# make uninstall

The rapiddisk utility will install in /sbin/

For utility information please reference the rapiddisk manual page:

# man 1 rapiddisk

Inserting/Removing the rapiddisk / rapiddisk-cache kernel modules

Both modules are required to be loaded for the rapiddisk daemon to start.

To insert the rapiddisk module:

# modprobe rapiddisk

To remove the rapiddisk module:

# modprobe -r rapiddisk

To insert the rapiddisk-cache module:

# modprobe rapiddisk-cache

To remove the rapiddisk-cache module:

# modprobe -r rapiddisk-cache

Building and installing / uninstalling the tools ONLY

Installing:

# make tools-install

Uninstalling:

# make tools-uninstall

Installing modules for DKMS support

# make dkms-install

Note - In dkms package versions 3.x and later, the REMAKE_INITRD option has been deprecated. As a result, the operating system's initrd is not remade on every dkms rebuild of the module. If this is desired, then it will need to be manually rebuilt per your operating system's procedures. Otherwise, you can install and enable the rapiddisk-on-boot functions which is supported on both Ubuntu and RHEL based Linux distributions.

Uninstalling modules for DKMS support

# make dkms-uninstall

Note - Please refer to the above note on initrd remakes during dkms rebuilds of the rapiddisk modules.

Managing the RapidDisk daemon service

After installation, to start the service via systemd:

# systemctl start rapiddiskd.service

To check the status of the service via systemd:

# systemctl status rapiddiskd.service

To stop the service via systemd:

# systemctl stop rapiddiskd.service

To start the service at boot via systemd:

# systemctl enable rapiddiskd.service

Managing RapidDisk as an NVMe Target

There are a few things that need to be known when using the NVMe Target features of the RapidDisk suite.

Loading the NVMe Target Kernel Modules

In order to map any RapidDisk device and export it in the NVMe Target framework, the nvmet and the nvmet-tcp or nvmet-rdma (or nvme-loop) kernel modules must be inserted.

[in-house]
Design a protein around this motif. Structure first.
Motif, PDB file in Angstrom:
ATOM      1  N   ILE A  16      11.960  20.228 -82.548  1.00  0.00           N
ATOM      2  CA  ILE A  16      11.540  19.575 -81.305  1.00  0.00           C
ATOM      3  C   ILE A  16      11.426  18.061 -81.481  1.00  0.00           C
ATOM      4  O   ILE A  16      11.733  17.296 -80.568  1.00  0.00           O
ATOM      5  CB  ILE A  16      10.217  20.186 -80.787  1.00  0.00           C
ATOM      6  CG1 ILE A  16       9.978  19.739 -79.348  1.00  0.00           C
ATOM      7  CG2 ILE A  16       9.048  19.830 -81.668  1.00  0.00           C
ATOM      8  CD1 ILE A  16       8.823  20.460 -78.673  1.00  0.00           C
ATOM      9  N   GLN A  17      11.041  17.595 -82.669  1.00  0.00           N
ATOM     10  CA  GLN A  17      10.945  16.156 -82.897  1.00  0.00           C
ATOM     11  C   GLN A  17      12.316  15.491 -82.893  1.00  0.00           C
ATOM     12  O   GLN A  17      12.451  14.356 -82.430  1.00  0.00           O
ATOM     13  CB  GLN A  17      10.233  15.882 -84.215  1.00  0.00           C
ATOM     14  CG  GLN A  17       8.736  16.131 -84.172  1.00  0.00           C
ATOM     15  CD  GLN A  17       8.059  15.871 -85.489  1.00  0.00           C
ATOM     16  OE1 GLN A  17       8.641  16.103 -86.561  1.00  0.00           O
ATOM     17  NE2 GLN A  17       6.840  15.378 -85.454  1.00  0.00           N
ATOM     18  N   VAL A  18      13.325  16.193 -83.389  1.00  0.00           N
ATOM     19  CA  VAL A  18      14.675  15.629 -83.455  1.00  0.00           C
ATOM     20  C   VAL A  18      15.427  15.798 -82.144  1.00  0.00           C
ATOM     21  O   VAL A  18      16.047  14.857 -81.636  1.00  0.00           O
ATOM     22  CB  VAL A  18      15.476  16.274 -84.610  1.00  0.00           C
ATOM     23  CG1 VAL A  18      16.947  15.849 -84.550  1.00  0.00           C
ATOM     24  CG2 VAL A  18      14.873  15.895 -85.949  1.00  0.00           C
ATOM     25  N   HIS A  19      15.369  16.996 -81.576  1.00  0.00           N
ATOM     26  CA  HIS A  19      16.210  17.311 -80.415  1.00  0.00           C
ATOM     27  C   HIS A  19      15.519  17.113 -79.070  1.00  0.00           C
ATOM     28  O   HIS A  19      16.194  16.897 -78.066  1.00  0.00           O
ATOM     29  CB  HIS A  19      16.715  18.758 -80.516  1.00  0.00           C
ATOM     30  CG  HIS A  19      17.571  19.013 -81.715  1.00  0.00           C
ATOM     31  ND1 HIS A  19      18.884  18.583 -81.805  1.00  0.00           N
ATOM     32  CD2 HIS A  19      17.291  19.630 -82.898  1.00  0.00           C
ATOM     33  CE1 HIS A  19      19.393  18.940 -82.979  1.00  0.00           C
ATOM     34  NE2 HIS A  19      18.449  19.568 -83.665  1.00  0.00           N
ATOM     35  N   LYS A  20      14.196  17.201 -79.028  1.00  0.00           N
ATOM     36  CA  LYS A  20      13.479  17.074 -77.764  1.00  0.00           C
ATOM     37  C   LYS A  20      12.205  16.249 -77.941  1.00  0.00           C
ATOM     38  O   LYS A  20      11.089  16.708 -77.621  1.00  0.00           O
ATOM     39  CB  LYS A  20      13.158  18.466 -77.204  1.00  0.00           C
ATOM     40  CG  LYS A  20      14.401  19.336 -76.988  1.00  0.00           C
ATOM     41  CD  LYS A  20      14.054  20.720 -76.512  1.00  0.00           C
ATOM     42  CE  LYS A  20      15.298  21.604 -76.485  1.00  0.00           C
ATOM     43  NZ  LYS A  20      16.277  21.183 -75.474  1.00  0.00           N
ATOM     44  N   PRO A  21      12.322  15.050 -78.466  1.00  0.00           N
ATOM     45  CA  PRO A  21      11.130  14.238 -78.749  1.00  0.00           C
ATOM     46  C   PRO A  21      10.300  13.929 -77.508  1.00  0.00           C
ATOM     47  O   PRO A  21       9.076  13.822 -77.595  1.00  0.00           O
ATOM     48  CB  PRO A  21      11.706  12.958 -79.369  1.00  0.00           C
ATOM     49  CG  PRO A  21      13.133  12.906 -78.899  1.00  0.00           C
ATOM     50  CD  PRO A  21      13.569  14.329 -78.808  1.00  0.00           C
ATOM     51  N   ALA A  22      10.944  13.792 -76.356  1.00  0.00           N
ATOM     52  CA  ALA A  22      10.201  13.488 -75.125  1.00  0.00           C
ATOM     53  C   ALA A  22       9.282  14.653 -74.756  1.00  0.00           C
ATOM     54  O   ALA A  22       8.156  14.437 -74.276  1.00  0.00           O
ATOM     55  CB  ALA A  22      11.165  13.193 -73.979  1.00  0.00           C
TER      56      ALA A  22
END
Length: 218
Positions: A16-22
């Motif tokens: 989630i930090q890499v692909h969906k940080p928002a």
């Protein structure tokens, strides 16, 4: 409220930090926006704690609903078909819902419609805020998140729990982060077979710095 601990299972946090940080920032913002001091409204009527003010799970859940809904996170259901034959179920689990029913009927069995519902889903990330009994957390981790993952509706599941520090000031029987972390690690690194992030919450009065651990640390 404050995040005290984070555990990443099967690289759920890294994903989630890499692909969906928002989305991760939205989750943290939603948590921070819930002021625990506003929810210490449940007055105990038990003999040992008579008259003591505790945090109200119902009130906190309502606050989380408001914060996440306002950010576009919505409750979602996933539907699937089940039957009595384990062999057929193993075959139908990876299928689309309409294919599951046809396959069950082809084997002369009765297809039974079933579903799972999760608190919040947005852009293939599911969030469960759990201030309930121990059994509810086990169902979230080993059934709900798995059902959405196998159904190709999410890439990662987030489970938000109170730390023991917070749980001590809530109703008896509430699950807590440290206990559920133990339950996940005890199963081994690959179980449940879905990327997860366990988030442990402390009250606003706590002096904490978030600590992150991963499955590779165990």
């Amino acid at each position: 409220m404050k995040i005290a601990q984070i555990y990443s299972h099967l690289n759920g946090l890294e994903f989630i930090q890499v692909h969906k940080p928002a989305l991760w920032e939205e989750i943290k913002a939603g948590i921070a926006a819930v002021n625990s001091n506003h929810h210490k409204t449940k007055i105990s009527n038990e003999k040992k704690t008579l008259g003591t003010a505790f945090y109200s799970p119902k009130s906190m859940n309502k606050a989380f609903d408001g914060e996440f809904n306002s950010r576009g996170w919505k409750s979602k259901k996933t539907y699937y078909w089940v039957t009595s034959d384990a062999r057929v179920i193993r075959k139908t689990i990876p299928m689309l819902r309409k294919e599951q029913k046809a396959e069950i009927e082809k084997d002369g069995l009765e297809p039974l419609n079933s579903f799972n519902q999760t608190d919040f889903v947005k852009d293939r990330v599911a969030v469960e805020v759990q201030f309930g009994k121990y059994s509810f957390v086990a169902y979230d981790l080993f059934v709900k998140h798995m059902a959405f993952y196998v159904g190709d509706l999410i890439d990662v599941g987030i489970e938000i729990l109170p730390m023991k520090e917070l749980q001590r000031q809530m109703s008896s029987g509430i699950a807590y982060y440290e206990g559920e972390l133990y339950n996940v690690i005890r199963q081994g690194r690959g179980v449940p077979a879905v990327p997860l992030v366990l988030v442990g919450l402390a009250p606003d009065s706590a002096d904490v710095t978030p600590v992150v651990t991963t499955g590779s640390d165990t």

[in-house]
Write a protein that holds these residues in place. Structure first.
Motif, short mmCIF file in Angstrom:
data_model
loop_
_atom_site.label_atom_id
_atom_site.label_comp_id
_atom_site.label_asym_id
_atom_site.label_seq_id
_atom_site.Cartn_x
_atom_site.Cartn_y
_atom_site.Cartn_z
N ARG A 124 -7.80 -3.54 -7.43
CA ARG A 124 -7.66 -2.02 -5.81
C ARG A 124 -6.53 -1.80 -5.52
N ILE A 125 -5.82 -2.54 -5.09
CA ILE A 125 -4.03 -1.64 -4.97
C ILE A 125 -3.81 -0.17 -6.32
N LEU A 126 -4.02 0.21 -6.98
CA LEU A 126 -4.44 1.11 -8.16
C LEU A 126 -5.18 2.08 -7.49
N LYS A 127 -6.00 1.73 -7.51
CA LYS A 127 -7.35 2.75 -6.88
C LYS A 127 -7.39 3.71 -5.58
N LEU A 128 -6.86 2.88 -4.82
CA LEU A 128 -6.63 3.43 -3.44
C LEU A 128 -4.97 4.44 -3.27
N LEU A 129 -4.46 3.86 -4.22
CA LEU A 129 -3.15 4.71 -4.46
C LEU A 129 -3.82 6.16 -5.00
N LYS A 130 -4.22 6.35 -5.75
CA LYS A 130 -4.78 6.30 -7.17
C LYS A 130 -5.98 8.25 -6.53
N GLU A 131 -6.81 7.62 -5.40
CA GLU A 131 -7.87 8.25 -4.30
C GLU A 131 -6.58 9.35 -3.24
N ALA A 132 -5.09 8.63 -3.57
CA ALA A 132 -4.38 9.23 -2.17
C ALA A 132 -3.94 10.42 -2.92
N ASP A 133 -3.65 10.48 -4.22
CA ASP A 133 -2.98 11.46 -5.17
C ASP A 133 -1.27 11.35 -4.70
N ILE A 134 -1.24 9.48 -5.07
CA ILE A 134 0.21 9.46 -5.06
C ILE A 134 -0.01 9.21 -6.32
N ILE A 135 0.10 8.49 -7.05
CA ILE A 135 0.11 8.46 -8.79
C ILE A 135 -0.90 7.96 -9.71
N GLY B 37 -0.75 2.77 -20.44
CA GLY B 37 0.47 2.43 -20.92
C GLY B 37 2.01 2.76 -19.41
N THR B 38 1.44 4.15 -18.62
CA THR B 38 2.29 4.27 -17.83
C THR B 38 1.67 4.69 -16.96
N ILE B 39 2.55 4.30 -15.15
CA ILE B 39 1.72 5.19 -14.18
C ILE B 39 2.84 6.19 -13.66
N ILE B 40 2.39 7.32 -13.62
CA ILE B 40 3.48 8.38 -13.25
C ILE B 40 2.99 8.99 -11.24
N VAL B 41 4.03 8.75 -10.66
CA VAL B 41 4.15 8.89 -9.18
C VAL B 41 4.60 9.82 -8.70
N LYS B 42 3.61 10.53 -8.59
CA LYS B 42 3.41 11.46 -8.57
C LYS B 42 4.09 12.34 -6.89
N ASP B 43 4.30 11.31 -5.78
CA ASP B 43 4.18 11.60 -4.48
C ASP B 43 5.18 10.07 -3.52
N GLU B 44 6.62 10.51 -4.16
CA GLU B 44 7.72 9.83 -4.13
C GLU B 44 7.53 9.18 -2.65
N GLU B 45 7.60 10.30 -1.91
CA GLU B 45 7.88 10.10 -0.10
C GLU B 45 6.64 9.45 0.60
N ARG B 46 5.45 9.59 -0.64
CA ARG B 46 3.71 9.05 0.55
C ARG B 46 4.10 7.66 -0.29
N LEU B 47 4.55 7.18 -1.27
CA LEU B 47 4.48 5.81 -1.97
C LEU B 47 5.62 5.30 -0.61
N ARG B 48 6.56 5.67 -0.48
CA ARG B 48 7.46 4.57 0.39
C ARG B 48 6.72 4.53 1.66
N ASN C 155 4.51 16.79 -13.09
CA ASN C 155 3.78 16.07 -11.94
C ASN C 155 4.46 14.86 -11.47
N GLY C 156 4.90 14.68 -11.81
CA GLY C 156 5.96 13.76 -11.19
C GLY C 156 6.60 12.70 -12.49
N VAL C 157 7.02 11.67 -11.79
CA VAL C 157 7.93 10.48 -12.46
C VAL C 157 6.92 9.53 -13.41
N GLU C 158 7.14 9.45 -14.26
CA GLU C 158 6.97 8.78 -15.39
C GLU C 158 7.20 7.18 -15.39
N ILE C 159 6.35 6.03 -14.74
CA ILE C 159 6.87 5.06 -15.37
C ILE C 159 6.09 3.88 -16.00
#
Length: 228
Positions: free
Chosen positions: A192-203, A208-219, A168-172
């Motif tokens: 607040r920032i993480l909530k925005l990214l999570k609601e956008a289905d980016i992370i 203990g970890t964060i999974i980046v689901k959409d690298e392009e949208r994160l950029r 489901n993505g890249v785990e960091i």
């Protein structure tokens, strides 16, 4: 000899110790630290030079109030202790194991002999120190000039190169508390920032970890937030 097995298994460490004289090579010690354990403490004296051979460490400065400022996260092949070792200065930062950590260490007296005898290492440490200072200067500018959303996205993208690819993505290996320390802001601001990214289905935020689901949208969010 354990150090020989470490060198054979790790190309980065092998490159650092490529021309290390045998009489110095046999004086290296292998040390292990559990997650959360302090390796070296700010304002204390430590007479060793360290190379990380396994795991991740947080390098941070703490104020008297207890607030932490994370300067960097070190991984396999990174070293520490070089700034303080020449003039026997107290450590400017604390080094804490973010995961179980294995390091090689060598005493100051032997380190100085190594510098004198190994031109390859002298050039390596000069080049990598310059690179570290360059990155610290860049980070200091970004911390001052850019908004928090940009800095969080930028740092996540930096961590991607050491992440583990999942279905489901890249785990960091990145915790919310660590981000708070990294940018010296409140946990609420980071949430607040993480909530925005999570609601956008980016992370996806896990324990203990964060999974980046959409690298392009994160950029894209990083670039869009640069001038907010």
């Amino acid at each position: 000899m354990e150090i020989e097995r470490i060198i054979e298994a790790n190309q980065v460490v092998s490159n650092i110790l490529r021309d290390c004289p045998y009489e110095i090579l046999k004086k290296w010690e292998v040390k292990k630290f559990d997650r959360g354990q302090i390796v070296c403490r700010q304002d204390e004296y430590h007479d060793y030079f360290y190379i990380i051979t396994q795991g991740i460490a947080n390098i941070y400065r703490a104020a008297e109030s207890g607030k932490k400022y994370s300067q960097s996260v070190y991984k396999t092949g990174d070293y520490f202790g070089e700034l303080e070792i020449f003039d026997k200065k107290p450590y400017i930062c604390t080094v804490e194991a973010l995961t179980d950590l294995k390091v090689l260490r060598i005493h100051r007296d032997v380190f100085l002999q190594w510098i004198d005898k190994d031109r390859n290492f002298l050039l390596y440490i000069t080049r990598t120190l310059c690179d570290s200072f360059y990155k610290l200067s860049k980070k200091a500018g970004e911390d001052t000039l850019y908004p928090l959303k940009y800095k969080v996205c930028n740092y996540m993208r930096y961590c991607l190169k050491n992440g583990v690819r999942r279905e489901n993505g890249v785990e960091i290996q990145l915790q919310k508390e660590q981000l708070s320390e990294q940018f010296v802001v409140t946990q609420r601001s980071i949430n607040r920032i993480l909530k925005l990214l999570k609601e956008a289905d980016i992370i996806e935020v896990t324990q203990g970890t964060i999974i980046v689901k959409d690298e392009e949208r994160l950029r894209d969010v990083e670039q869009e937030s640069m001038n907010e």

# modprobe nvmet nvmet-tcp

Enabling NVMe Target Ports

At least one Ethernet interface will need to be configured as a target port to export the RapidDisk volume from.

# rapiddisk -i eth -P 1 -t tcp

Exporting Targets

When exporting a volume, a RapidDisk volume and a target port must be defined. If a host NQN is not defined, the administration utility will provide access to any host NQN. Note - a target can be exported across more than one target port.

# rapiddisk -e -b rd3 -P 1

If a host NQN is defined, access is restricted to only those host NQNs. Note - the following command example can be repeated multiple times to add additional host NQNs for the specified target export.

# rapiddisk -e -b rd3 -P 1 -H nqn.host1

Unexporting Targets

Unexporting RapidDisk volumes looks a bit different than exporting. If a host NQN is defined for a specified target, only that NQN will be removed from accessing the exported target.

# rapiddisk -x -b rd3 -H nqn.host1

Removing all allowed host NQNs will revert access to any and all host NQNs requesting access to the target.

If a target port is defined, the exported target will not be exported from the interface if one condition is met: the target has no defined allowed host NQNs.

# rapiddisk -x -b rd3 -P 1 -H nqn.host1

OR

# rapiddisk -x -b rd3 -P 1

And if there are no defined allowed host NQNs and the target is not being exported across any target ports, the entire target is removed from the subsystem.

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An Advanced Linux RAM Drive and Caching kernel modules. Dynamically allocate RAM as block devices. Use them as stand alone drives or even map them as caching nodes to slower local disk drives. Access those volumes locally or export them across an NVMe Target network. Manage it all from a web API.